A new report from the University of Alabama’s Education Policy Center found that physical access to healthcare is a luxury that Black Belt communities don’t enjoy, reports the Alabama Political Reporter. The Education Policy Center defines the Black Belt of Alabama as comprising of 24 counties. Of those, 17 have fewer than the statewide average of 3.9 hospital beds per 1,000 people, according to the report. Indeed, four of the Black Belt counties have no hospitals, with some hospitals over an hour away. Even before the COVID-19 pandemic, access to healthcare for rural residents was tenuous. Researchers note that hospitals in states that chose to expand Medicaid were 84 percent less likely to close, because the increased coverage for poorer rural residents encouraged care access and boosted revenue for hospitals that care for high numbers of uninsured residents.
Arkansas Health & Wellness and Arkansas Total Care will be deploying FirstNet to rural healthcare providers and federally qualified health centers (FQHCs) in Arkansas to expand access to telehealth services, according to the companies' press release. FirstNet is a high-speed broadband communications platform built for America's first responders and the extended public safety community. This program will help rural providers and FQHCs integrate virtual care into their workflows and will better enable providers to serve patients in rural areas.
Arizona’s Medicaid agency announced that it will no longer pursue a planned Whole Person Care Initiative to address social determinants of health in its December 2020 1115 waiver renewal request, according to State of Reform. Due to the COVID-19 public health emergency and budget limitations, the agency will instead focus on a series of smaller-scale, cost-effective initiatives within the parameters of the existing Medicaid program. One initiative is a partnership with Health Current, Arizona’s Health Information Exchange, to source a new "closed-loop referral system” that providers can use to identify social risk factors and manage referrals to community-based agencies to address health-related social needs. In the future, the agency plans to continue to seek opportunities to address social risk factors and explore new strategies to expand initiatives outside of 1115 waiver authority.
California’s governor signed legislation meant to bring down the cost of prescription drugs for taxpayers, employers and consumers, according to a press release from the governor’s office. The first-in-the-nation law tasks the California Health and Human Services Agency (CHHS) with developing manufacturing partnerships to produce or distribute generic prescription drugs, thereby increasing competition in markets that have driven up prices for consumers and helping address critical drug shortages. CHHS will focus on manufacturing drugs that could produce the biggest cost savings and will submit a report to the legislature analyzing how its efforts have impacted competition, access and costs for those drugs.
California will join 28 states that allow nurse practitioners to practice independently, in an effort to address workforce shortages creating barriers to care, according to the Sacramento Bee. The new law will allow nurse practitioners to open their own practices after a three-year period of operating under a doctor’s supervision, beginning in 2023. The state’s Board of Registered Nursing will establish a commission to oversee implementation and practice requirements, including nurse practitioners’ obligation to notify patients that they are not physicians.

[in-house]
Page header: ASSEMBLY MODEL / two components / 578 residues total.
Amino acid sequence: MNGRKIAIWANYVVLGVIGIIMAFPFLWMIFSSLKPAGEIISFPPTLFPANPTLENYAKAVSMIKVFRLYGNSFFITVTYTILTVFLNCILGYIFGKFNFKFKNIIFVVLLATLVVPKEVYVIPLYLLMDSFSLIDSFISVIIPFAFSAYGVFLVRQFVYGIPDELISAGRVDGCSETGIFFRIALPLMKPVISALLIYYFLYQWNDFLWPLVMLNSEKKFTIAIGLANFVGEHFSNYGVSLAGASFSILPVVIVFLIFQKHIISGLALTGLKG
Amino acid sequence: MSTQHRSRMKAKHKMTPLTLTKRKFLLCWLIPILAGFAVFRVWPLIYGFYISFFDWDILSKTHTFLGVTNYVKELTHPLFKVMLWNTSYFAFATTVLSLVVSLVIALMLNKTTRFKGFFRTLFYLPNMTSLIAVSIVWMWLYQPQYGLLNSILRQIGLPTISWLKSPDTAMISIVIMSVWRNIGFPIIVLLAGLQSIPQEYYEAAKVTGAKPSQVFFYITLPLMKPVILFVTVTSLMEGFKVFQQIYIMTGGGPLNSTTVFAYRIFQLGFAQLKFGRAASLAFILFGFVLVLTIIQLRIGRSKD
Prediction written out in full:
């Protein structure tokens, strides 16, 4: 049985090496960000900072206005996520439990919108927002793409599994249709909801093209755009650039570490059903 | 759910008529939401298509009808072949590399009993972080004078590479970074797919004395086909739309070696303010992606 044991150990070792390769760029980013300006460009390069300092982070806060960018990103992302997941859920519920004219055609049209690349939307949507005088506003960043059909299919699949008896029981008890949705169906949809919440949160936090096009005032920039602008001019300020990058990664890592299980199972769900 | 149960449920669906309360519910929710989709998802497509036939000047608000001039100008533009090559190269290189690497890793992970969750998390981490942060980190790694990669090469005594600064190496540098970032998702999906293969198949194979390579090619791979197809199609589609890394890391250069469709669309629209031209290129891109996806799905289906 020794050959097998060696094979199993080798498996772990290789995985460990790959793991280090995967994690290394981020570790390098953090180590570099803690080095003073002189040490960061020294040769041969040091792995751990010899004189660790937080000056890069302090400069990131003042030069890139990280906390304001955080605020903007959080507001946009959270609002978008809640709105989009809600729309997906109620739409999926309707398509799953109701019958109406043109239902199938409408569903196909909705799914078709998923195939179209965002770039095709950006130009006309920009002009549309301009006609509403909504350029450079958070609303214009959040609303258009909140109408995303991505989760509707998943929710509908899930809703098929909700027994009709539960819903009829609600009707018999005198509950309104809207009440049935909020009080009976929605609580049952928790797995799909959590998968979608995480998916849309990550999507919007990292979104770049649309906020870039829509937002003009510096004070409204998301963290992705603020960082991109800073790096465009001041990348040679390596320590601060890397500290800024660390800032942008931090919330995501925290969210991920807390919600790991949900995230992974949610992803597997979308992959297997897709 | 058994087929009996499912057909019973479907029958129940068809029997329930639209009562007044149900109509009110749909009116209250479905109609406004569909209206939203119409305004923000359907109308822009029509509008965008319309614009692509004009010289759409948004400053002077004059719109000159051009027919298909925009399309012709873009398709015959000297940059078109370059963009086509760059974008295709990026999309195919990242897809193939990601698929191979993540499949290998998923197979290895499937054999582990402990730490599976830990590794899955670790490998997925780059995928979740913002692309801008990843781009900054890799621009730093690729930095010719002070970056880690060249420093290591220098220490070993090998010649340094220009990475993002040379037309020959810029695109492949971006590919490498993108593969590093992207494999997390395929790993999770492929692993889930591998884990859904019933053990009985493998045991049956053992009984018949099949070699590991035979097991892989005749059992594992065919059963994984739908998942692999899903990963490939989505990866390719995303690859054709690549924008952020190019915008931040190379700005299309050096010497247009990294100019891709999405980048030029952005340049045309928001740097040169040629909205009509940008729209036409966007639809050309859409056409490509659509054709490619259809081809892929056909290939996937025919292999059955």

A new report commissioned by the California Future Health Workforce Commission assesses financial support offered to Californians training to become non-physician providers and the data collected on these efforts to help overcome barriers to meeting workforce needs across the state. Recommendations include expanding state-level opportunities for financing educational debt for primary care non-physician providers and making primary care more appealing to offset trends toward specialization.
Citing challenges to addiction treatment access in Colorado, a new state program has transformed six RVs into mobile clinics to reach isolated communities, reports Kaiser Health News. As brick-and-mortar addiction clinics have closed or stopped taking new patients due to COVID-19, these mobile clinics have become more crucial to rural residents seeking addiction care. Each RV has a nurse, a counselor and a peer specialist who has personal experience with addiction. And because broadband access is often limited in rural areas, these RVs provide a telehealth bridge to medical providers in cities, so that rural residents can be prescribed medicine to fight addiction and overdose.
Fees levied on insurers and patients for health services provided in hospital-owned facilities in Connecticut totaled $437.2 million last year, reaching their highest level since the state began tracking the charges in 2015, according to the Harford Business Journal. The increased revenue generated from the fees was partially driven by an 11.4 percent increase in the number of patient visits subject to a facility fee, with digestive-system and cardiovascular procedures generating more fee revenue than other service categories across the state. The average facility fee was $147 for visits billed to Medicaid, $213 for visits billed to Medicare and $426 for visits billed to commercial insurers. It is not clear what portion of the facility fees commercially insured patients ended up paying, compared to their insurer.
Georgia’s new Medicaid Section 1115 demonstration program, “Pathways to Coverage,” has been approved, the Centers for Medicare & Medicaid Services (CMS) announced. This program will allow working-age Georgia residents (ages 19-64) who are otherwise ineligible for Medicaid to opt into Medicaid coverage by participating in qualifying activities, such as working 80 hours a month. The program applies to individuals with incomes less than or equal to 100% of the federal poverty level (FPL). The state expects over 30,000 Georgia residents will receive Medicaid coverage during the first year of this demonstration program.